Write what you know.
Beena’s dialogue from Wednesday’s page was written from experience. It’s one of my biggest faults and I’m constantly aware of it, perhaps to the point of semi-paranoia. But instead of only constantly fretting about it, I decided to turn it into something creative, and in this case it took the form of Beena din Ailua’s character arc in this story. It’s one of the most frequent pieces of advice I give to people who come to me for writing tips; write what you know. I got to turn one of my biggest flaws into character development, and it became a nice moment between Danica and Beena in the epilogue of this story.
In my case, my frequent need to impress the people I admire doesn’t come off as me being a condescending, uppity… er, being aloof. I tend to come across as overbearing and, in group activities, seeming like I’m trying to take over. I don’t mean to. I get excited when I collaborate with people I look up to and I want to contribute as much as possible, in as many ways as possible, to whatever we’re working on. I want to get my hands on as many aspects of the project as I can so I can prove I’m as good as the people I’m working with, that I deserve to be there among them, and that my contributions will be beneficial to everyone. In the past my enthusiasm has gotten the better of me and those collaborations have ended much the same way as things end in Beena’s life; not with a “goodbye,” but with a “get out.”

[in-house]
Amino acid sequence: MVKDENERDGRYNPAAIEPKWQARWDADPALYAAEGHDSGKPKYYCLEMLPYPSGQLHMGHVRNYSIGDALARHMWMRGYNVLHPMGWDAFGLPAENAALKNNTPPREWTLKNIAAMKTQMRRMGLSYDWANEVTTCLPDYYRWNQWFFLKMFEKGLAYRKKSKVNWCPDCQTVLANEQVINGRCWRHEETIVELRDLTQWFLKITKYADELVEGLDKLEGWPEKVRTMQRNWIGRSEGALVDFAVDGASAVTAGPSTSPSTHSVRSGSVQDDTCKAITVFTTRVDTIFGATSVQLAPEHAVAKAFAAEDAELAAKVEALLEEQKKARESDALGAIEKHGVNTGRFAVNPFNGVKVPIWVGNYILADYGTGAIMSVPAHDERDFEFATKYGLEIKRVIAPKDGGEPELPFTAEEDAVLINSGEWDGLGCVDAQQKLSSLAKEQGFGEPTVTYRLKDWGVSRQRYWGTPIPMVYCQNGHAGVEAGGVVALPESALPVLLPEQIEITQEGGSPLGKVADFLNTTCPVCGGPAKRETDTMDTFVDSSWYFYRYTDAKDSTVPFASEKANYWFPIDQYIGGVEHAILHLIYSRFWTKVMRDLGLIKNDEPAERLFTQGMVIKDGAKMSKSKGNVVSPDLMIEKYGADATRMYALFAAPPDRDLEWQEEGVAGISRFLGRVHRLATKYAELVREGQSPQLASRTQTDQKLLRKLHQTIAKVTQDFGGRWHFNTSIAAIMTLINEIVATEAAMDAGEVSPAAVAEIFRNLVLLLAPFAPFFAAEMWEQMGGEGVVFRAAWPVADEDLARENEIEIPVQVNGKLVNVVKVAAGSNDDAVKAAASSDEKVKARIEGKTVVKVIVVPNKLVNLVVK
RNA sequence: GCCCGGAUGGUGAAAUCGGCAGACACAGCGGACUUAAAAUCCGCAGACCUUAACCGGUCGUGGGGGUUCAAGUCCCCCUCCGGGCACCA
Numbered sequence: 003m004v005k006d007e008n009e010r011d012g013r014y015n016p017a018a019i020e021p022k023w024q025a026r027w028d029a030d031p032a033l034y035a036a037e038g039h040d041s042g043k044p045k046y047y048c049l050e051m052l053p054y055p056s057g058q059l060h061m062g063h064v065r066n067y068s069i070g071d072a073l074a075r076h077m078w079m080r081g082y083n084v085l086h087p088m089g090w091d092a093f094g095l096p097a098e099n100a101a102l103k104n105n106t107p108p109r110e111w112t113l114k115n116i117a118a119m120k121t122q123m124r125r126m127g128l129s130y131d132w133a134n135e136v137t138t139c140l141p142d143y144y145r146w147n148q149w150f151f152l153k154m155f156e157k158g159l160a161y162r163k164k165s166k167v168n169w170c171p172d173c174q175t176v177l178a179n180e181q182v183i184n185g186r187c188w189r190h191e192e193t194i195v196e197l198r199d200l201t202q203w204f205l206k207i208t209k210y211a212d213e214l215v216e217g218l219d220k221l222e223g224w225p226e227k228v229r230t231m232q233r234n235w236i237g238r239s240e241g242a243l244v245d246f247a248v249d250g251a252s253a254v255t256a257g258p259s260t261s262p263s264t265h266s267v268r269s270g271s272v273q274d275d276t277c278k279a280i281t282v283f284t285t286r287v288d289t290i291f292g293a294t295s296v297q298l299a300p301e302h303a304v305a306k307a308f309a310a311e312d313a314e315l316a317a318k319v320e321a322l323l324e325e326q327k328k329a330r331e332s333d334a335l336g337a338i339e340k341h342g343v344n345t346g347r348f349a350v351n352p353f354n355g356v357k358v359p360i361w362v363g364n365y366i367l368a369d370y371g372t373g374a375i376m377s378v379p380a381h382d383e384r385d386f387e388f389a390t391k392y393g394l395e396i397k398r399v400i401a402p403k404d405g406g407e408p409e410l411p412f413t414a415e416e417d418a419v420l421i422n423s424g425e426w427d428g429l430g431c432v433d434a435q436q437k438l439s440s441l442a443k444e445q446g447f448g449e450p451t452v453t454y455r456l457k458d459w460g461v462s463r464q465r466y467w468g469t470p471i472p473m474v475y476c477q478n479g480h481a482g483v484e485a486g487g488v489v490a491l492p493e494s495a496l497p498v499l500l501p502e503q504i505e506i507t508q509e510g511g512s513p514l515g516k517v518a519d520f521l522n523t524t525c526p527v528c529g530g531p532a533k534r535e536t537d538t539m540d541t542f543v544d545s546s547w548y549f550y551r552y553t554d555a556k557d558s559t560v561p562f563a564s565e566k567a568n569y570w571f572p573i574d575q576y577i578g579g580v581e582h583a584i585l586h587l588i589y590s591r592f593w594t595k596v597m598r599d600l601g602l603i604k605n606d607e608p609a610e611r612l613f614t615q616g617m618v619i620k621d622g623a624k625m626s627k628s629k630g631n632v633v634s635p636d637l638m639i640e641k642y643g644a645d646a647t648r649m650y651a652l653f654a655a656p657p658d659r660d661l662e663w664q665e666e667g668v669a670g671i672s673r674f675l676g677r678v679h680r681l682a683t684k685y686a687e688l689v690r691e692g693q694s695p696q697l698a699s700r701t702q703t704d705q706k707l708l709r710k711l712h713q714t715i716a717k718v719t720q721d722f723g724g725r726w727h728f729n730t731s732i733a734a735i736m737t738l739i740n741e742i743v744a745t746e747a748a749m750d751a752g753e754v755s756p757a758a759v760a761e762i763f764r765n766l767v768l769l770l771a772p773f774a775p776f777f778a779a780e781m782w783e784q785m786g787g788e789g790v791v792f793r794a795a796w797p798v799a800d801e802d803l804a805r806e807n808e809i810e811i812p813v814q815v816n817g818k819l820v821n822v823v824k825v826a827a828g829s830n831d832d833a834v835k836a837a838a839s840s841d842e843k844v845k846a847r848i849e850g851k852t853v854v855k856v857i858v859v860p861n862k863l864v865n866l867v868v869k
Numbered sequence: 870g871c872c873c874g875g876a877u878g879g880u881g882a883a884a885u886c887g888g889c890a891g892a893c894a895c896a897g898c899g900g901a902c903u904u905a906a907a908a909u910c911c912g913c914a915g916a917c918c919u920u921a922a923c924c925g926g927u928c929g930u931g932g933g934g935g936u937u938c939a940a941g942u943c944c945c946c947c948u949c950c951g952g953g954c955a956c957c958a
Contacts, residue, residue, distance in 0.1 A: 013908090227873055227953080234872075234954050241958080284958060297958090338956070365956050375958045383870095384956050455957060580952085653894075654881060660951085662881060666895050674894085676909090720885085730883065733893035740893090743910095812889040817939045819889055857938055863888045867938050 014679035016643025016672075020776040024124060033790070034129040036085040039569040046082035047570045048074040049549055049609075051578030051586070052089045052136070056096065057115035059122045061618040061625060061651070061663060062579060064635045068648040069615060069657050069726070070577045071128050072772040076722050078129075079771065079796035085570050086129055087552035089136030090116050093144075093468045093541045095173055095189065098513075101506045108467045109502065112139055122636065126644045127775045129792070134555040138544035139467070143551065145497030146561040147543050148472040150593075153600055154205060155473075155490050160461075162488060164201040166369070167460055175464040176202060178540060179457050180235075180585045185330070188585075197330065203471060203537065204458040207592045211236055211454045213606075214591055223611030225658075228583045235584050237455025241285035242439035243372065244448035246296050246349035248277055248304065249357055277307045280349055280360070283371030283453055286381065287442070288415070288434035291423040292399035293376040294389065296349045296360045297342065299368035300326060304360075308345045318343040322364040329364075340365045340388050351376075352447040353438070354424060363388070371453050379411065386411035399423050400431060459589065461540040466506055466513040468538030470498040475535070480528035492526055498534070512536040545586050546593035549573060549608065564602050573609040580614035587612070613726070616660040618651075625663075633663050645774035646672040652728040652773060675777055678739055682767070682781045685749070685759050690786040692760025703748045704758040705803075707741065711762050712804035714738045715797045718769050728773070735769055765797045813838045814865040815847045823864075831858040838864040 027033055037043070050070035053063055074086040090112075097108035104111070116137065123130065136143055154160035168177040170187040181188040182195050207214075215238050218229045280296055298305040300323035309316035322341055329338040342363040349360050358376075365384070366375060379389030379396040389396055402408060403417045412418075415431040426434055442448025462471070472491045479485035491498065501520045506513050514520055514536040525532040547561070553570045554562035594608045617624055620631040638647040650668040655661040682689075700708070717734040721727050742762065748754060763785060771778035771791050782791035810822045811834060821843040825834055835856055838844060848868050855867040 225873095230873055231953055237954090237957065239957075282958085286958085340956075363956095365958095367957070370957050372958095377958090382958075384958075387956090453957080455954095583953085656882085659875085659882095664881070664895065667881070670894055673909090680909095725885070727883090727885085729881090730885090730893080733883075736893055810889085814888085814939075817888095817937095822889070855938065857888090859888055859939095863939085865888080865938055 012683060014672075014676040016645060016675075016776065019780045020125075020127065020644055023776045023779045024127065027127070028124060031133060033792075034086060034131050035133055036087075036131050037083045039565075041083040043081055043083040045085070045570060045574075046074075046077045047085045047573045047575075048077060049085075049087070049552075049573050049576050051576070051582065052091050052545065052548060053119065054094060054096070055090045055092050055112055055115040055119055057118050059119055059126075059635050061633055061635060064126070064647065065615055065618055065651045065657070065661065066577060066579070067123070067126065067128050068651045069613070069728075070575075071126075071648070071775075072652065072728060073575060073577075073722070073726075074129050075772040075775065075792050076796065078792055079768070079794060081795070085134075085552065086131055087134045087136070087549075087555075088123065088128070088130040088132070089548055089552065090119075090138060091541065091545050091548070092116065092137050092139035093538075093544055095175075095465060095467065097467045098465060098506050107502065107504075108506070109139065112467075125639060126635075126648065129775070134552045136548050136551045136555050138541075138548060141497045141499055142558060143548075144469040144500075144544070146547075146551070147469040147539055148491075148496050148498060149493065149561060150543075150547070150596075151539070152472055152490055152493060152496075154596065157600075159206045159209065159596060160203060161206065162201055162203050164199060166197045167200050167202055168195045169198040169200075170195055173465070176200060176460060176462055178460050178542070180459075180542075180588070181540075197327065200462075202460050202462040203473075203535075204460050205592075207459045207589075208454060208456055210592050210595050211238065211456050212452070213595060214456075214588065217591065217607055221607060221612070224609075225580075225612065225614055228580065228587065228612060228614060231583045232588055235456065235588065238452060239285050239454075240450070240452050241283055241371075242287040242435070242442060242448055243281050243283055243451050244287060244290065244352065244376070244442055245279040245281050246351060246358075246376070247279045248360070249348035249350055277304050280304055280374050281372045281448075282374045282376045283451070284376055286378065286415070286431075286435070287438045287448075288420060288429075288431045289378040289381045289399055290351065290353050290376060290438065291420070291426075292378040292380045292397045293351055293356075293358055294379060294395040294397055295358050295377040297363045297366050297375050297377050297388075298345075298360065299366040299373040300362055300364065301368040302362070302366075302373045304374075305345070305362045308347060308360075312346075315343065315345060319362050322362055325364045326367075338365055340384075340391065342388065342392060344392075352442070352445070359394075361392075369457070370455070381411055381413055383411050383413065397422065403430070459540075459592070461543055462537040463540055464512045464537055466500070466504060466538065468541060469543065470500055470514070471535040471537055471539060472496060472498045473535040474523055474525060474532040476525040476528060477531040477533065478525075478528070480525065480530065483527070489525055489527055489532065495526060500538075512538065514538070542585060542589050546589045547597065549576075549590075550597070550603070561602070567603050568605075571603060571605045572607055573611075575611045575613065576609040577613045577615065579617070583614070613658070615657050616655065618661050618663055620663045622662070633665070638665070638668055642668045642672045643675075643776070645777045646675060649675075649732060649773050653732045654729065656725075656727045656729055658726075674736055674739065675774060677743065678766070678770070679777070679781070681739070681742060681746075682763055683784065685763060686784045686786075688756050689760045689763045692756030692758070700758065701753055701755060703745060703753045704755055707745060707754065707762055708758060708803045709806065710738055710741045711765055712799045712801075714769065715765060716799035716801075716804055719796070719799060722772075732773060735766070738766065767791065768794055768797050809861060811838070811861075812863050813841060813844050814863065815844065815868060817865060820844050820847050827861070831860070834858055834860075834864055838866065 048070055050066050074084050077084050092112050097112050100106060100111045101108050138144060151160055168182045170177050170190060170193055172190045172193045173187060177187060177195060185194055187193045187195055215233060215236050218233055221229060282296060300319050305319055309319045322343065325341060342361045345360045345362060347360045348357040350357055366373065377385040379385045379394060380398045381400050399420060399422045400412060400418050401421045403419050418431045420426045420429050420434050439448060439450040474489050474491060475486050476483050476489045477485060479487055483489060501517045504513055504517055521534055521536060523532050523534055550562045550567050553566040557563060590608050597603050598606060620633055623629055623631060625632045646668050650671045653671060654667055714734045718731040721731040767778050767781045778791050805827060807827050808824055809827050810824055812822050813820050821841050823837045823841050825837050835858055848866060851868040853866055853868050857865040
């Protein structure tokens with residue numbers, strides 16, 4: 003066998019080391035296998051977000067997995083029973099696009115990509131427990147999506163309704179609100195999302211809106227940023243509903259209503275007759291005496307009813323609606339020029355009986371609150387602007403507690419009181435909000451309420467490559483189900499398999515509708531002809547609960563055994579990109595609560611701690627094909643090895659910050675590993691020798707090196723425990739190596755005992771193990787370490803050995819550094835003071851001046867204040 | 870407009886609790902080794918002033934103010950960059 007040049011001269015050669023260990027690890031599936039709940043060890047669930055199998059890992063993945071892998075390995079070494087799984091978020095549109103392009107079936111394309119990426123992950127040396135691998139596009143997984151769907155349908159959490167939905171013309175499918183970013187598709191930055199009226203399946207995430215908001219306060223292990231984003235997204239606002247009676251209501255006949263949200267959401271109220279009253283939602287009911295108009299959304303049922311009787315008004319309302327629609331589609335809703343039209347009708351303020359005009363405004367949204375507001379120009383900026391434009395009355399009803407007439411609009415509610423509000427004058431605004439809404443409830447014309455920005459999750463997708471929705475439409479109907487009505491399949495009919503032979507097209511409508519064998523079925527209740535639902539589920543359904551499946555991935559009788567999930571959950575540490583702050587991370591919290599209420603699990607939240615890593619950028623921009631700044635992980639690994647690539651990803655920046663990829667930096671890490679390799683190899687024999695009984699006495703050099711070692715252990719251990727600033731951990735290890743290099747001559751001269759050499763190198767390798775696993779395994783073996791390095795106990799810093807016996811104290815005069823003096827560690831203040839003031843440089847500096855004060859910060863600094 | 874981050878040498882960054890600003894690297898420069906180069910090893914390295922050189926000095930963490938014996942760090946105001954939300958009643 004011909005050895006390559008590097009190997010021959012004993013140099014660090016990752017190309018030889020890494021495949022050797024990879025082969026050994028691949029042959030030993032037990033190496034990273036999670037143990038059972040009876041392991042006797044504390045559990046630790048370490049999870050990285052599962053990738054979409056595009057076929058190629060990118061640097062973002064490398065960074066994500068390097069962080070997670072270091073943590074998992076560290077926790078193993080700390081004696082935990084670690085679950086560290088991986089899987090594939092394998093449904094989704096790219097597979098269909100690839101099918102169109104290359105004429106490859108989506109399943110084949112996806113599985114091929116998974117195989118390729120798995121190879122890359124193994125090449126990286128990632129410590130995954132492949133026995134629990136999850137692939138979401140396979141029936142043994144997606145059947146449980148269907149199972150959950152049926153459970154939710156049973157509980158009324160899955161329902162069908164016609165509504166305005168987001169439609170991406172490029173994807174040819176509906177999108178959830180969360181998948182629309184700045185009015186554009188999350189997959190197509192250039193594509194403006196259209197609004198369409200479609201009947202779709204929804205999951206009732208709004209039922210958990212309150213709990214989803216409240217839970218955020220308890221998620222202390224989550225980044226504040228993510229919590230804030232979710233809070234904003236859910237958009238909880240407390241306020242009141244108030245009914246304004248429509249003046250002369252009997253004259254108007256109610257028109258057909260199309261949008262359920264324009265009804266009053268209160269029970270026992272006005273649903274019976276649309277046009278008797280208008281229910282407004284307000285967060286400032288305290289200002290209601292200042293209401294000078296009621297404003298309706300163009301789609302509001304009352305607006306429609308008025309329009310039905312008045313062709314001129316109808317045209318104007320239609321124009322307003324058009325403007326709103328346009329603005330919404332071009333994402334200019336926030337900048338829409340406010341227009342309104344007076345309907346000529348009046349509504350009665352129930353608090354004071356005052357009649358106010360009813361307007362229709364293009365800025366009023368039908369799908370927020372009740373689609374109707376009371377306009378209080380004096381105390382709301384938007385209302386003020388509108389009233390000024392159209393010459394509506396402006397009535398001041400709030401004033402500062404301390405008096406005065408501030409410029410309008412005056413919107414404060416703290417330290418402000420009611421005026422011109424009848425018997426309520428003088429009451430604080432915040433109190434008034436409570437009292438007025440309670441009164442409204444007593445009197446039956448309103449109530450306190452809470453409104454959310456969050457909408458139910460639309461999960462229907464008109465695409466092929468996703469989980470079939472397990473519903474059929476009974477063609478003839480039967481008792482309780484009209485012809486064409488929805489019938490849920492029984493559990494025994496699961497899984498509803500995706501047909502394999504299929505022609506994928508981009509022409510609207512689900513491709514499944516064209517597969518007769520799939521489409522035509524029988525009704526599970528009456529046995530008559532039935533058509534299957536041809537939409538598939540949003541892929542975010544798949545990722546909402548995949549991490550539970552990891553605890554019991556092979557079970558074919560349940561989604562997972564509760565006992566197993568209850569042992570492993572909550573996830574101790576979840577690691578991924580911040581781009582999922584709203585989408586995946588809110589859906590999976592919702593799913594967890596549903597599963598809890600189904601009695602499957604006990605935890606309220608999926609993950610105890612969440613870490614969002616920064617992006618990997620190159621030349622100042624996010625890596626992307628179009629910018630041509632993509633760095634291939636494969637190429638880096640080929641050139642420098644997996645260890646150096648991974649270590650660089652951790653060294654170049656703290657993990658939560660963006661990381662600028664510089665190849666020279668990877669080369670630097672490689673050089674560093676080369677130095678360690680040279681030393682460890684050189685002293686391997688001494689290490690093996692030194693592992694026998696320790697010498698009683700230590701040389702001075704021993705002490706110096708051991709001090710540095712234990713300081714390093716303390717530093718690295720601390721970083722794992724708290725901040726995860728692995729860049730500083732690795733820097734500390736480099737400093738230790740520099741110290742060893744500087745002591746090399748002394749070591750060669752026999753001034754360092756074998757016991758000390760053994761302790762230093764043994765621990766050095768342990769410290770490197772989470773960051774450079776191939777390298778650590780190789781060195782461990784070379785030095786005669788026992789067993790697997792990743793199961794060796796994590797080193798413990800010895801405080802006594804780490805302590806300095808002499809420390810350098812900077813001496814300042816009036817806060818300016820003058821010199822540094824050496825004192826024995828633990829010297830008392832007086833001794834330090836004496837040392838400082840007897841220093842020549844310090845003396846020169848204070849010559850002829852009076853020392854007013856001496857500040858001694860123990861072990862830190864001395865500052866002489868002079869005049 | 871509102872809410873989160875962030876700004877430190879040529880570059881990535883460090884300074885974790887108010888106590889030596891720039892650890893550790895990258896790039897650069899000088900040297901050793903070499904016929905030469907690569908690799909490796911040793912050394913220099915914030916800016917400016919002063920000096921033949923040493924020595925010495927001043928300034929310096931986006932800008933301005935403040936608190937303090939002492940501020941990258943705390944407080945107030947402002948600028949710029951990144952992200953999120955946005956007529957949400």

It’s a tough lesson to learn about yourself, but you can do beneficial things with those painful consequences.
You can learn from your experiences and try to better yourself. I am constantly aware of this flaw of mine, especially in my collaboration with Garth, and for the past three years we’ve worked well together. We communicate both positive and negative feelings clearly, we compromise where necessary, and respect each other’s insight.
You can turn your faults into art. When I sat down to plot this storyline and its various arcs, the inspiration for Beena’s behavior came from my own experiences and actions. Instead of letting your flaws simply weigh on you, sitting on your heart and rotting your conscience, you can turn that lemon into lemonade by making it a creative endeavor. It can be a character trait in a story you’re writing. It can be incorporated into a dance you’re choreographing. It can be the drive behind that song you’re working on.
Whatever it is and whatever you do with it, make something out of it. Make it work for you and your creations, not hold you back. Own it, and write what you know.